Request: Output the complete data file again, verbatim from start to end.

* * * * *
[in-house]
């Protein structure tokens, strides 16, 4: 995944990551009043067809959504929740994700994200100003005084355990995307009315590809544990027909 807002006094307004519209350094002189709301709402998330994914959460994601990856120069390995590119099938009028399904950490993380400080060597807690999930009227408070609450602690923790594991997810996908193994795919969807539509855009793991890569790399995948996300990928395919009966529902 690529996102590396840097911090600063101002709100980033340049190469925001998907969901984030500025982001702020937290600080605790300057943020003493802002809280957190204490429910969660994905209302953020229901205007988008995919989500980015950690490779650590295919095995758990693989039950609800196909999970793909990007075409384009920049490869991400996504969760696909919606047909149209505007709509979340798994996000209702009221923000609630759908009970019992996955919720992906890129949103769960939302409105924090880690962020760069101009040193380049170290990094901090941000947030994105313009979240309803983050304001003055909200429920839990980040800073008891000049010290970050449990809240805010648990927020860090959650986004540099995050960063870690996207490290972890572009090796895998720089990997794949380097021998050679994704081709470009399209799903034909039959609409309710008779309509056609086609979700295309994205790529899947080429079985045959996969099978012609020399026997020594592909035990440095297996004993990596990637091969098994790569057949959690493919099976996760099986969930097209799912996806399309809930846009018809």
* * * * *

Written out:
[in-house]
């Protein structure tokens, strides 16, 4: 995944990551009043067809959504929740994700994200100003005084355990995307009315590809544990027909 807002006094307004519209350094002189709301709402998330994914959460994601990856120069390995590119099938009028399904950490993380400080060597807690999930009227408070609450602690923790594991997810996908193994795919969807539509855009793991890569790399995948996300990928395919009966529902 690529996102590396840097911090600063101002709100980033340049190469925001998907969901984030500025982001702020937290600080605790300057943020003493802002809280957190204490429910969660994905209302953020229901205007988008995919989500980015950690490779650590295919095995758990693989039950609800196909999970793909990007075409384009920049490869991400996504969760696909919606047909149209505007709509979340798994996000209702009221923000609630759908009970019992996955919720992906890129949103769960939302409105924090880690962020760069101009040193380049170290990094901090941000947030994105313009979240309803983050304001003055909200429920839990980040800073008891000049010290970050449990809240805010648990927020860090959650986004540099995050960063870690996207490290972890572009090796895998720089990997794949380097021998050679994704081709470009399209799903034909039959609409309710008779309509056609086609979700295309994205790529899947080429079985045959996969099978012609020399026997020594592909035990440095297996004993990596990637091969098994790569057949959690493919099976996760099986969930097209799912996806399309809930846009018809």